Review: An Aching Ode to Jerome Robbins’s Lost New York | Modern Society of USA

Review: An Aching Ode to Jerome Robbins’s Lost New York

Review: An Aching Ode to Jerome Robbins’s Lost New York

Sometime in the early 1940s, before he became the choreographer who shaped American movement, Jerome Robbins made a little home movie on a New York rooftop. He’s goofing around, trying out a few spins and pliés.

His mother comes on to dance too; she and her son balance on one leg on the rooftop’s ledge, then he gives her a ginger twirl in a sweet, familial pas de deux. Then his father enters the picture, squatting and spinning while Jerome kicks his legs like in a Russian folk dance.

In Europe and Asia the war is raging, and the unthinkable is taking place in Jewish villages like the one his parents fled. But New York is a different world. Robbins, up on the roof, goes into an energetic solo, ending with two fast pirouettes, and then looks right at the camera with a grin that says, “If you can make it here …”

That sky-high dance is the charming preface to “Voice of My City: Jerome Robbins and New York,” on view now at the New York Public Library for the Performing Arts at Lincoln Center. This centenary exhibition — Robbins was born Jerome Wilson Rabinowitz, in October 1918 — draws heavily on resources he bequeathed to the library, and swells with preparatory materials for ballets like “Fancy Free” and musicals like “West Side Story,” as well as reams of anxious diary entries and notes to self.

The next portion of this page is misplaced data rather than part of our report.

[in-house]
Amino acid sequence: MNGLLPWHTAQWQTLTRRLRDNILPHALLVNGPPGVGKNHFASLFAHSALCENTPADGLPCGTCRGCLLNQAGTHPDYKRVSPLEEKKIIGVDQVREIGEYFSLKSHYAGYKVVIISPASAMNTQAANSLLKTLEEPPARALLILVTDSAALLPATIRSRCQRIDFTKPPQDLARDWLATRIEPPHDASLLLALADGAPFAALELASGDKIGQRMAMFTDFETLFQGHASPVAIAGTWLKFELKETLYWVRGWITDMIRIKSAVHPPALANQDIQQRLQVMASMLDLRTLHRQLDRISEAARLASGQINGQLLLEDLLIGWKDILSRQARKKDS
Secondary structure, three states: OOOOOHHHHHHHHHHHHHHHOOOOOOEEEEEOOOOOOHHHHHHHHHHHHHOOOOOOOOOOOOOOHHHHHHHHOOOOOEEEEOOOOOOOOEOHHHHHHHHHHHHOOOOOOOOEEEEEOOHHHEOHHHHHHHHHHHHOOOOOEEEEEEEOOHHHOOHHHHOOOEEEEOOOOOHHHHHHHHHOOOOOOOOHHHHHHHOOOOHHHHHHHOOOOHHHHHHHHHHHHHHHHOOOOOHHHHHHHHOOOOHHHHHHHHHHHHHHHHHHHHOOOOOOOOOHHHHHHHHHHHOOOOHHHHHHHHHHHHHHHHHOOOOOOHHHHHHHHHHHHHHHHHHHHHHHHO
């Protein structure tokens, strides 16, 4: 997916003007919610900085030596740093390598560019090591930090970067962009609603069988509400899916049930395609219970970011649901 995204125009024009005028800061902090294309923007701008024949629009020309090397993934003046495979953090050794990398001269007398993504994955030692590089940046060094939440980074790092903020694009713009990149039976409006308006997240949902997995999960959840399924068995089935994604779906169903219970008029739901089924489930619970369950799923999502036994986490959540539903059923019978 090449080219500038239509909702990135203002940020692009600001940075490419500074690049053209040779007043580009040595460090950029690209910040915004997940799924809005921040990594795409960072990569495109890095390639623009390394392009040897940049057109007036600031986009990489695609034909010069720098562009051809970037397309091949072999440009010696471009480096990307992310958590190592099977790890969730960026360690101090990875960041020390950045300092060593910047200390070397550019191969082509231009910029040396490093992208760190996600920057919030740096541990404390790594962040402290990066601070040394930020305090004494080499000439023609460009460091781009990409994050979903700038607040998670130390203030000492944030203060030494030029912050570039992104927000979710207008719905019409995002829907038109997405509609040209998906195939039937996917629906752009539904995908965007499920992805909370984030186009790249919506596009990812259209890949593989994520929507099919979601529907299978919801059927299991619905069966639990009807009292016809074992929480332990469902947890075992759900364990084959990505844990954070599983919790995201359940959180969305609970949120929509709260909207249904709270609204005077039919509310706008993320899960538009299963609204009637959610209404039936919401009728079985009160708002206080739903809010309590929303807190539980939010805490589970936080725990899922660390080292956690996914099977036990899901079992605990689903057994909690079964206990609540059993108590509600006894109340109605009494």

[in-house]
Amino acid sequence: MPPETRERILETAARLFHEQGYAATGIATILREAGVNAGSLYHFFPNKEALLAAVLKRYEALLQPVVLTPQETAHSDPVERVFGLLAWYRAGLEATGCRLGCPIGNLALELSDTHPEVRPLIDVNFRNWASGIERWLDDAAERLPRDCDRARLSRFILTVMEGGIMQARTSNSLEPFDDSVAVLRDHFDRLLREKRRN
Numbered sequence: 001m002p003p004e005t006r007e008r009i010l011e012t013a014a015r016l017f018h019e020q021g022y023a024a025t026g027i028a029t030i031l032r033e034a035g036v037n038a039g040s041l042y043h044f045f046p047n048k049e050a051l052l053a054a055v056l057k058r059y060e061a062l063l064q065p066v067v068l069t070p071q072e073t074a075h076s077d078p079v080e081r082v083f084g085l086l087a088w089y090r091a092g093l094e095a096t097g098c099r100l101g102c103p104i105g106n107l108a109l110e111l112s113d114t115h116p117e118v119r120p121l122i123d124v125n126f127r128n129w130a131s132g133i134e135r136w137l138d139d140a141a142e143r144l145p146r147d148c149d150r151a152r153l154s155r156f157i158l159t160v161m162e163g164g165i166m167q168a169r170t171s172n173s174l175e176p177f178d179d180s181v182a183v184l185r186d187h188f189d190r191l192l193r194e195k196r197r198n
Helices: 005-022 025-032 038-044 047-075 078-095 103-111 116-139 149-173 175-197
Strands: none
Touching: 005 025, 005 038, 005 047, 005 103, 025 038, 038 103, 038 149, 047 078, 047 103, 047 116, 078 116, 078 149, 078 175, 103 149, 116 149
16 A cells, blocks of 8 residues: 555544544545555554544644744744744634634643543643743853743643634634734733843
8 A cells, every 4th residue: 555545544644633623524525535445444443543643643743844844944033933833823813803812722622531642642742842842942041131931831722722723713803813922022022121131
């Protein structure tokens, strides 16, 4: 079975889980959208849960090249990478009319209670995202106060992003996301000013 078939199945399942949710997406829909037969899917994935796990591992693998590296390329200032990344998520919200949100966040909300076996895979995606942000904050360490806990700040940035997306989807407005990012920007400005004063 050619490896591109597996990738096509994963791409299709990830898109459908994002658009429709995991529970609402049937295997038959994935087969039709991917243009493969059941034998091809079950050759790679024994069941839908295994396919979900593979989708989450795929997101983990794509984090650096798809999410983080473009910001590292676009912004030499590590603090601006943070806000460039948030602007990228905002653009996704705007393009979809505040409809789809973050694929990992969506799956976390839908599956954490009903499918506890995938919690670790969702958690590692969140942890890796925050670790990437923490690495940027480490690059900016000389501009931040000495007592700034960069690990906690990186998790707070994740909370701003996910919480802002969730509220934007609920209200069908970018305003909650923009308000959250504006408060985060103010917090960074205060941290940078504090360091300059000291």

The exhibition, though, is far more than a 100th birthday obligation. Its curator, Julia Foulkes, has zeroed in on Robbins’s devotion to his hometown, to show how an open, confident New York offered fertile soil for a new kind of dance, with local roots and international influence.

How solid this show is, full of the joy and anxiety of postwar Manhattan, rich with diner-side sketches and watercolors from dark Greenwich Village nights of the soul. And how nostalgic too. This aching ode to New York — “my city,” Robbins called it in one poem, which “chokes on its breath, and sparkles with its false lights” — feels almost like a eulogy for a vanished city, which enfolded artists and dancers and gave them both freedom and inspiration. I loved it, even though it left me heartsick.

Robbins was born on the Upper East Side, where his parents owned a kosher deli, and moved as a child to New Jersey when his father decided to enter the garment trade. The boy attended a German-language kindergarten, but by 1927, the 9-year-old Jerry made his mother a collage as a gift for Christmas, a mark of the family’s assimilation.

In his teens and after he made creditable sketches and watercolors of New York, mostly in a style aligned with Ashcan School realism. You’ll find here several jagged youthful self-portraits, sketches of faceless figures by a subway entrance, and a gouache from around 1940 that depicts a Manhattan street corner as a shadowy stage, ringed by billboards and spotlighted with electric lamps.

Robbins turned to dance in his 20s — he was the resident choreographer at Camp Tamiment in the Poconos — and met George Balanchine while performing in Broadway musical revues like “Keep Off the Grass” (1939). He then joined the fledgling Ballet Theater (now American Ballet Theater), where he spurned the western Americana of choreographers like Agnes de Mille and Eugene Loring. What he wanted was a dance rooted in city life.